Sometimes No, let’s not lie — I always crave something sweet. But dessert isn’t always in the cards for eating healthy so this banana peanut butter shake always does the trick for satisfying my cravings. Not only is it great for tricking my taste buds, it’s also my go to recipe for a hearty after workout shake. If you want to get really healthy, trade the peanut butter for 1/3 cup of raw peanuts and mix until smooth. Hope you enjoy!
1 tablespoon peanut butter
1 tablespoon protein powder
1/2 cup milk (dairy, almond, soy…I used almond)
1/2 cup ice
Add all ingredients into blender and blend until smooth. I prefer using my Magic Bullet. Works perfect!Read More
I got this
super ghetto mini fridge back in college and it’s been sitting in my basement collecting dust. Poor thing needed a home. Well for months I’ve joked that I should spray paint it and bring it to the office to fill with drinks (let’s just say my coworkers like to party). But as my maternity leave is coming to a close and the reality of pumping at work is drawing near, I realized just how practical this was! I’m finishing up all sorts of projects in the one week I have left of maternity leave, so I added this to the list. Bought some Tiffany blue paint and now she’s gorgeous! Ready to be filled with breastmilk and drinks. Just don’t mix up the milk and White Russians…
I’m constantly taking photos of my life normally, so when I got pregnant I knew I wanted to find a fun way to document my growing baby bump. Plus, let’s face it, I do social media for a living at the best place for baby deals online, BabySteals.com. If you’re a mama and you’ve never shopped there, seriously…you’ll thank me! Anyways the pressure was on (from myself) to come up with a cute pregnancy photo idea. So at 8 weeks I whipped out a striped shirt I had bought a few weeks before I knew I was expecting figuring it would show my shape well as it changed. At the time it seemed stretchy enough to fit a growing belly. Uhhh…30 weeks later and even one shirt size up (I bought another in large which was as big as I could find) I was kind of kicking myself as it barely covered my bump. Haha! Anyway, here’s my pregnancy up almost 40 weeks since I delivered one day early (it’s a good story — read my birth story here). The whole experience was certainly was an adventure!Read More
It wasn’t quite what I expected.
I always thought I’d know when I was pregnant before taking a test. I expected I’d be one of those women that can guess boy or girl before an ultrasound and that I’d perhaps even be able to sense my baby’s personality from within my womb. I’m in tune with my body and my intuition, but through my whole pregnancy experience, it was surprising how little I could sense. As my due date approached I was nervous how I’d know I was in labor.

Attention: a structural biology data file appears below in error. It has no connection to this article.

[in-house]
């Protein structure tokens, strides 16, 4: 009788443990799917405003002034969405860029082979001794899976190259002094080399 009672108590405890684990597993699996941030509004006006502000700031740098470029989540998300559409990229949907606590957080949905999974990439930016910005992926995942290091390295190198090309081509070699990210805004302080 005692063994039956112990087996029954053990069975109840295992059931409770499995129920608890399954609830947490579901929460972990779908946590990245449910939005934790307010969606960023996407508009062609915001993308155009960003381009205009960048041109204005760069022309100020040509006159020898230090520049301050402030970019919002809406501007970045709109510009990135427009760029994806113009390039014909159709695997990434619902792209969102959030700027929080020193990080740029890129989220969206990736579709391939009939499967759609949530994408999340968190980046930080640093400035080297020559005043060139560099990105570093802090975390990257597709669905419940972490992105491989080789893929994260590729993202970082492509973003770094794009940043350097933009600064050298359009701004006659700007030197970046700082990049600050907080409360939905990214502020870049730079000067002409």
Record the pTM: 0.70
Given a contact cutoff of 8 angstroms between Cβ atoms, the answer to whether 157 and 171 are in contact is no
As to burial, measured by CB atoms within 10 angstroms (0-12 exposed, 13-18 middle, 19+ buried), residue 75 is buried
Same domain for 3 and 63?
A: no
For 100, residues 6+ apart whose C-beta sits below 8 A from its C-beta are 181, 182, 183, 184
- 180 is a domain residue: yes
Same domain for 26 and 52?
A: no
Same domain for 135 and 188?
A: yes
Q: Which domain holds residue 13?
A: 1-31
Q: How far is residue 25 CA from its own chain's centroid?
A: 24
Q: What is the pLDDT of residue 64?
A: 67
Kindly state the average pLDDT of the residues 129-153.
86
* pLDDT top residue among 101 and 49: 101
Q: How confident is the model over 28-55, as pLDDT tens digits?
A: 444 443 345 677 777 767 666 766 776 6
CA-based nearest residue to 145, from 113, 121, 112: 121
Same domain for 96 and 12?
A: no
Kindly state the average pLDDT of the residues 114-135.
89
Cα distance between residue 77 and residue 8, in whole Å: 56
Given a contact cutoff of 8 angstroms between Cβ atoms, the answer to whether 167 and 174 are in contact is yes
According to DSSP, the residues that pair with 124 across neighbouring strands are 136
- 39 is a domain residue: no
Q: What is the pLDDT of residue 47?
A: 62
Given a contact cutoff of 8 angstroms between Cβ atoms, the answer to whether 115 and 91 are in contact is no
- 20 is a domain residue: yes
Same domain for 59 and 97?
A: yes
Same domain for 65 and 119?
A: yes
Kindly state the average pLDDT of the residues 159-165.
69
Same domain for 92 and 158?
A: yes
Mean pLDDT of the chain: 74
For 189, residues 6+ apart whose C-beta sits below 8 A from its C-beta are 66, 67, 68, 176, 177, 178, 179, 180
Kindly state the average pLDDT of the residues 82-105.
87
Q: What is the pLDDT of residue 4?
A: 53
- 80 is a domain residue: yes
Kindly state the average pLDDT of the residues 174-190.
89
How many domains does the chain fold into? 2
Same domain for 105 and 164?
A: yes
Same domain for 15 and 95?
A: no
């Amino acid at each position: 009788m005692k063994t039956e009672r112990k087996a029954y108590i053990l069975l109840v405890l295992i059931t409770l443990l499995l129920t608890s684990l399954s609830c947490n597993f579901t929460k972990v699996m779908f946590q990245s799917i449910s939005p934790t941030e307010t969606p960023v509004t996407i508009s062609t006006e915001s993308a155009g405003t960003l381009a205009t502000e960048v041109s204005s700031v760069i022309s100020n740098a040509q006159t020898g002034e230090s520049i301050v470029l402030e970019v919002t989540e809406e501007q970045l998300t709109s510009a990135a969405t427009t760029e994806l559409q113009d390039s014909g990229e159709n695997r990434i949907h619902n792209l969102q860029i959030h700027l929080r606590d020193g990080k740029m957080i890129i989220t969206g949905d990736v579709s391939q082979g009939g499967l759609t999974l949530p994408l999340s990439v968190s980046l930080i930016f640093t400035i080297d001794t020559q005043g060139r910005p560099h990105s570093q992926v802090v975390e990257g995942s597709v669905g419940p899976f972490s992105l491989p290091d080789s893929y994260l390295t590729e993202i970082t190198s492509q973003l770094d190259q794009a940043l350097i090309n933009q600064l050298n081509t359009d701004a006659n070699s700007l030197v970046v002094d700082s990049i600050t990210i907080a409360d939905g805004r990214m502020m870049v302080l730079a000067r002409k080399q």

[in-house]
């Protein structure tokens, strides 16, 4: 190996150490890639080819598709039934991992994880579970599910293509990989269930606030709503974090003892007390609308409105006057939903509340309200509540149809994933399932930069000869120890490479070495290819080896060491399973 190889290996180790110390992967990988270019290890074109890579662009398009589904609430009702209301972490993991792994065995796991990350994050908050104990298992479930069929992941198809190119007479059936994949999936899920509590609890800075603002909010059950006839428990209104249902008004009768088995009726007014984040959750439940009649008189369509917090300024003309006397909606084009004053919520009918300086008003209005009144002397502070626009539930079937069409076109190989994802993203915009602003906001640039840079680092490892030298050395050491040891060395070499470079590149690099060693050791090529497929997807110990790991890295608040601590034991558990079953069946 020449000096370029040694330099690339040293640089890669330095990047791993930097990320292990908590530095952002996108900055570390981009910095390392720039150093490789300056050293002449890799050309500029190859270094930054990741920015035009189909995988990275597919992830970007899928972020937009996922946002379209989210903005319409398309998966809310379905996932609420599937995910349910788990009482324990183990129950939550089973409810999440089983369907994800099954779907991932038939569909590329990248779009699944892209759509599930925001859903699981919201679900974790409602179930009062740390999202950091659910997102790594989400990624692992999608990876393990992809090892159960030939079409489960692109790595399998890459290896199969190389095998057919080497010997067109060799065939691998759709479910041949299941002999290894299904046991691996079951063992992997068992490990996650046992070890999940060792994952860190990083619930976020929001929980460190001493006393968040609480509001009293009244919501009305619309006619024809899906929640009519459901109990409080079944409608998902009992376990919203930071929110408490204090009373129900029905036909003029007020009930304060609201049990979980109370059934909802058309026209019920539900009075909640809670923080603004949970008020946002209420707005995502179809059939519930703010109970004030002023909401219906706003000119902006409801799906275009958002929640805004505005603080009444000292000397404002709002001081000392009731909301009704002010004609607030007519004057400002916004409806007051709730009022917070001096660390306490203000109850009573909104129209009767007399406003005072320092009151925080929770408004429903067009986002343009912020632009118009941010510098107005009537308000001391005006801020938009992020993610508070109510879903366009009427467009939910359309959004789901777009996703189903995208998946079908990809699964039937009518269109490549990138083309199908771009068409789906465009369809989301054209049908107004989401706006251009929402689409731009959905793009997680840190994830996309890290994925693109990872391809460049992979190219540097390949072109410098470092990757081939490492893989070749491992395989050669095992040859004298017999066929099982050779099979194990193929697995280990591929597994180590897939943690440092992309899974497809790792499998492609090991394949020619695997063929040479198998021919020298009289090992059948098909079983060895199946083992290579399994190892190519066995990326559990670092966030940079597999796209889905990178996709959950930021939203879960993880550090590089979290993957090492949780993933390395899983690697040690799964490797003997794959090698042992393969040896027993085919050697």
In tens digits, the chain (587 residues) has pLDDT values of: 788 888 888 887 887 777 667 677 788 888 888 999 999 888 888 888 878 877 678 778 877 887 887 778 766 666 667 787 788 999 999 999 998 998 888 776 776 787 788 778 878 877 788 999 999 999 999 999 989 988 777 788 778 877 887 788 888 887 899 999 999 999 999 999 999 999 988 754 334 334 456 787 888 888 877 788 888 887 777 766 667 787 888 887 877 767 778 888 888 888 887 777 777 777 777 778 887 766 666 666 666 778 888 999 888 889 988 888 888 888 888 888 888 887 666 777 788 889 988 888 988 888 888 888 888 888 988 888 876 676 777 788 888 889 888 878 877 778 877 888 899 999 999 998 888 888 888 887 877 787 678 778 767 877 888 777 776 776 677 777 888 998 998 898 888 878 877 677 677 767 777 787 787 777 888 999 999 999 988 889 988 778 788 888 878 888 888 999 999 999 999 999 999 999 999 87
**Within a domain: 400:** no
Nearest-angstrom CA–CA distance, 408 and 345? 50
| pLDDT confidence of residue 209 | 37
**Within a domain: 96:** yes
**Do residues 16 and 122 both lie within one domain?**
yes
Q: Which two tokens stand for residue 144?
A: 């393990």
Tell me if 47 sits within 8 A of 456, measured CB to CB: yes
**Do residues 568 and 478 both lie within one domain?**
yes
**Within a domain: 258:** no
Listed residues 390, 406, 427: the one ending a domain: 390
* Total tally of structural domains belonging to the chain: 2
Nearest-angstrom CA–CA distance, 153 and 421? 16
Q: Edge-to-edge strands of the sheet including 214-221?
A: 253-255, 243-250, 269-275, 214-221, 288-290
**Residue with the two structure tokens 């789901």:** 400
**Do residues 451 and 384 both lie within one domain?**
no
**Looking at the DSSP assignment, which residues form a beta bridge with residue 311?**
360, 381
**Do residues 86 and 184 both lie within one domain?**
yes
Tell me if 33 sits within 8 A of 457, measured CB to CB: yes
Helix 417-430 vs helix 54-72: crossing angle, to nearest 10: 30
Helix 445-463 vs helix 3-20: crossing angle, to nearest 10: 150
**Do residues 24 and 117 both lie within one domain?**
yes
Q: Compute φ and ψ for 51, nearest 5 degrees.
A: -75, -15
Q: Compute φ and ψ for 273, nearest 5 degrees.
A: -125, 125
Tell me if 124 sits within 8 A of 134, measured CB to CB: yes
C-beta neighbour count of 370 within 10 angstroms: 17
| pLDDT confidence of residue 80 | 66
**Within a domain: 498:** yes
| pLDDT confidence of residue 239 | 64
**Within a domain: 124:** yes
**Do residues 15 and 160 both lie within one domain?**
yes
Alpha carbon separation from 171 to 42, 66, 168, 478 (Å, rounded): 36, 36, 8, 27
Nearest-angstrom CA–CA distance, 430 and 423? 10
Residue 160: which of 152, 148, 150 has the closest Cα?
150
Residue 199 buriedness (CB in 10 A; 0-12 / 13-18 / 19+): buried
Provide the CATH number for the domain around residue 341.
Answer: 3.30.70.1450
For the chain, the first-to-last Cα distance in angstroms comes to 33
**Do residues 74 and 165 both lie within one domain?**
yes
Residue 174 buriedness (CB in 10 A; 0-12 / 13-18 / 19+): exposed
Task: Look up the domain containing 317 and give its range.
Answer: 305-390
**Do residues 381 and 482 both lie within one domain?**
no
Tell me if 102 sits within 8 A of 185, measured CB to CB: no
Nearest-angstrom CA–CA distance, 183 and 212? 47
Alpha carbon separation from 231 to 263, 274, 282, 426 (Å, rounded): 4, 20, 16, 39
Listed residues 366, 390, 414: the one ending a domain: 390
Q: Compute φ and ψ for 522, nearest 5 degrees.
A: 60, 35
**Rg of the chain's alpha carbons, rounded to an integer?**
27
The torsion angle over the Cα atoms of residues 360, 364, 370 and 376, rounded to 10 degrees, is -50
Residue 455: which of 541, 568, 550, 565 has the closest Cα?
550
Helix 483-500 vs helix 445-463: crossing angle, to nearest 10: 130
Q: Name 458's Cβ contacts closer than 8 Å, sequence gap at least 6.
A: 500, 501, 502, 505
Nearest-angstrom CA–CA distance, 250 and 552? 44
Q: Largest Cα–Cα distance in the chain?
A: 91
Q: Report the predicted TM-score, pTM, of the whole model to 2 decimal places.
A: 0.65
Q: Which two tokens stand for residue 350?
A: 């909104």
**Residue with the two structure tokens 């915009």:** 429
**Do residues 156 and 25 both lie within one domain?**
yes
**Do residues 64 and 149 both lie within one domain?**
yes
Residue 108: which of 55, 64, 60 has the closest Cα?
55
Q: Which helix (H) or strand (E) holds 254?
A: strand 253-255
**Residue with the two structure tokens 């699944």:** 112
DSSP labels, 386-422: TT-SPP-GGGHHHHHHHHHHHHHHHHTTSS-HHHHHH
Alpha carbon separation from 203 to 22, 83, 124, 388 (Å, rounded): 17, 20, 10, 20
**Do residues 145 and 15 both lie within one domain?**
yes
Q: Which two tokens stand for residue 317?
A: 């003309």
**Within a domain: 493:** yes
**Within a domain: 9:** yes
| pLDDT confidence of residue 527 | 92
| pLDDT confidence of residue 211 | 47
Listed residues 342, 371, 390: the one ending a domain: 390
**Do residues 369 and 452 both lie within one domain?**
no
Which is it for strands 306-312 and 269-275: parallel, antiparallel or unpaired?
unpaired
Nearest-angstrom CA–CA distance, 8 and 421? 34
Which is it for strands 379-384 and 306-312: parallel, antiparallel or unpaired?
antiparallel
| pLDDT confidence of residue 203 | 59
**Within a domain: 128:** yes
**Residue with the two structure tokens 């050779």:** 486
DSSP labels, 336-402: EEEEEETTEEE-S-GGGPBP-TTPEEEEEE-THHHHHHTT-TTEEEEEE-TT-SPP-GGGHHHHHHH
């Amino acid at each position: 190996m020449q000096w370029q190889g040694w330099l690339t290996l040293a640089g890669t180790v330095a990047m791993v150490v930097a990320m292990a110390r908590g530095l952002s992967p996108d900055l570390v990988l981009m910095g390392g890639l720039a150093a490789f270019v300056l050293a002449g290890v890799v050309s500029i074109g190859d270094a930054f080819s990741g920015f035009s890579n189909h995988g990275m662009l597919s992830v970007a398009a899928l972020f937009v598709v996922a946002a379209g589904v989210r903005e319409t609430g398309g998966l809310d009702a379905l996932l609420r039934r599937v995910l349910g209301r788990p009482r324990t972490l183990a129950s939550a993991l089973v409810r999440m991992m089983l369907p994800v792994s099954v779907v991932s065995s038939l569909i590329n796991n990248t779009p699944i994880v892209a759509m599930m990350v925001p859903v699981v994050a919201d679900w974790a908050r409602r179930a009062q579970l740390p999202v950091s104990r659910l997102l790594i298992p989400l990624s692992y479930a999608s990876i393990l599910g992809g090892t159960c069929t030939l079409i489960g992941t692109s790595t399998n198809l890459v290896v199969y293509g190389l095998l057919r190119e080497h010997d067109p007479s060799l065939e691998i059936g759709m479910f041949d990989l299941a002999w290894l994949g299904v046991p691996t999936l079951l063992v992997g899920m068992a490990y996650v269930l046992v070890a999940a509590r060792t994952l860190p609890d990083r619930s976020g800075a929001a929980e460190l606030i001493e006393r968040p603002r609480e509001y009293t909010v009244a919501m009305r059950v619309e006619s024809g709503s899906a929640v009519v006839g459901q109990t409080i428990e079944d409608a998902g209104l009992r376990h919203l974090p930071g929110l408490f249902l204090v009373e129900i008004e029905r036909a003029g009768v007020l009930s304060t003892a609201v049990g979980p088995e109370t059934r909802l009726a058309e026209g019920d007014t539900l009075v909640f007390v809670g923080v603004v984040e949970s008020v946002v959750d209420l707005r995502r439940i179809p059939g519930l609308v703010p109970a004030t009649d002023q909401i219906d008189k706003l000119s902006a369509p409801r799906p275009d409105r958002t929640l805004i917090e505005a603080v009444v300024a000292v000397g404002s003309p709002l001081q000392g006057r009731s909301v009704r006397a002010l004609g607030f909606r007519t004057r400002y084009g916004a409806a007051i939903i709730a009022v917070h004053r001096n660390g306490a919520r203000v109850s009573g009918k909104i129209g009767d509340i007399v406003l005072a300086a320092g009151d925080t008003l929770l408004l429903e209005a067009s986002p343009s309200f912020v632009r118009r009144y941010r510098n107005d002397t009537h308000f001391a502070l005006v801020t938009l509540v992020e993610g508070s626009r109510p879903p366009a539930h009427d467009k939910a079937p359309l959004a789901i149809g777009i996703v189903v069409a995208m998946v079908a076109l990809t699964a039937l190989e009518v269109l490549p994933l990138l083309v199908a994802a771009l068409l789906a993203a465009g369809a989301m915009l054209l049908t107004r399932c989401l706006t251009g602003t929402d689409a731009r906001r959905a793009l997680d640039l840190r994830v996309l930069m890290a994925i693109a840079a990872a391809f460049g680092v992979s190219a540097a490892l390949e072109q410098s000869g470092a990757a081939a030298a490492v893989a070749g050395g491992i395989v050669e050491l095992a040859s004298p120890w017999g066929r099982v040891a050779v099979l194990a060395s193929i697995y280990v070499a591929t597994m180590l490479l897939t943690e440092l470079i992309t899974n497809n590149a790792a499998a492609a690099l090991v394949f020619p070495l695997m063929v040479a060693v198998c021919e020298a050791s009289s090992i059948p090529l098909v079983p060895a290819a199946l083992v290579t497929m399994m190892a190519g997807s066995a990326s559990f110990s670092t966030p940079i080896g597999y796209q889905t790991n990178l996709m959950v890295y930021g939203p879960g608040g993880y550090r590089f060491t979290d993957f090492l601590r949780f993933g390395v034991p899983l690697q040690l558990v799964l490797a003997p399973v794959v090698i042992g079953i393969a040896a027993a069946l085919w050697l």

Now for those of you that think of labor like in the movies, this sounds crazy. Doesn’t your water break and then you rush to the hospital? Not quite, for most women. Going into labor is something that happens over days and weeks while your body inches closer and closer to preparing for birth. Everyone from my midwife, to my friends and coworkers, to the internet said “you’ll just know.” So I tried to be patient and wait until I knew.
I was particularly nervous since I had been experiencing prodromal labor, which is basically a more intense version of pre-labor. While women have practice labor or “Braxton Hicks contractions” all through their third trimester, generally Braxton Hicks are only mildly painful or painless and don’t rhythmically come one after another. Prodromal labor contractions can be super intense and be at regular intervals apart, just like labor. Since I’d been experiencing just that for hours at a time each night, gaining with intensity and consistency as I neared my due date, you can imagine my lack of confidence that I’d “just know” when I was in labor. Since I’d been planning a natural hypnobirth, I figured it was good practice breathing and visualizing through the “surges,” as we call contractions in hypnobirthing.
I didn’t know it, but labor started.
I woke a little after 2am February 13, one day before my Valentine’s due date, with surges. I figured I’d start timing them, just in case, but I had no overwhelming feeling this was the real deal. For a lot of women this would indicate labor, but to me who had been experiencing this for weeks, it wasn’t that out of the norm. I decided it was best not to wake my husband until I was sure since he’d need his rest to support me if it was. Most of my surges were 5-6 minutes apart, but some were longer or shorter so I wasn’t convinced of their consistency. I had remembered my boss telling me when she gave birth to her daughter she would get in a bath with lavender and if it wasn’t real, contractions would stop or slow, but when it was real it kept going strong. Mine did not stop, but the timing changed anywhere from 2 to 15 minutes apart, so I thought certainly it probably wasn’t it and I’d just “enjoy” the practice. I sat in the bath and googled a couple things about going into labor. Posted in a Baby Center forum thinking maybe someone would respond at 3am. Then I sunk into relaxation and envisioned an opening flower while reciting my well-practiced birth affirmations in my head. I went through the rainbow relaxation in my mind, not even thinking of words, but of swirling inky mists of color, one flowing into the next while the scent of the lavender oil soothed me. I was a quiet, relaxed “polar bear” just like I had learned in class.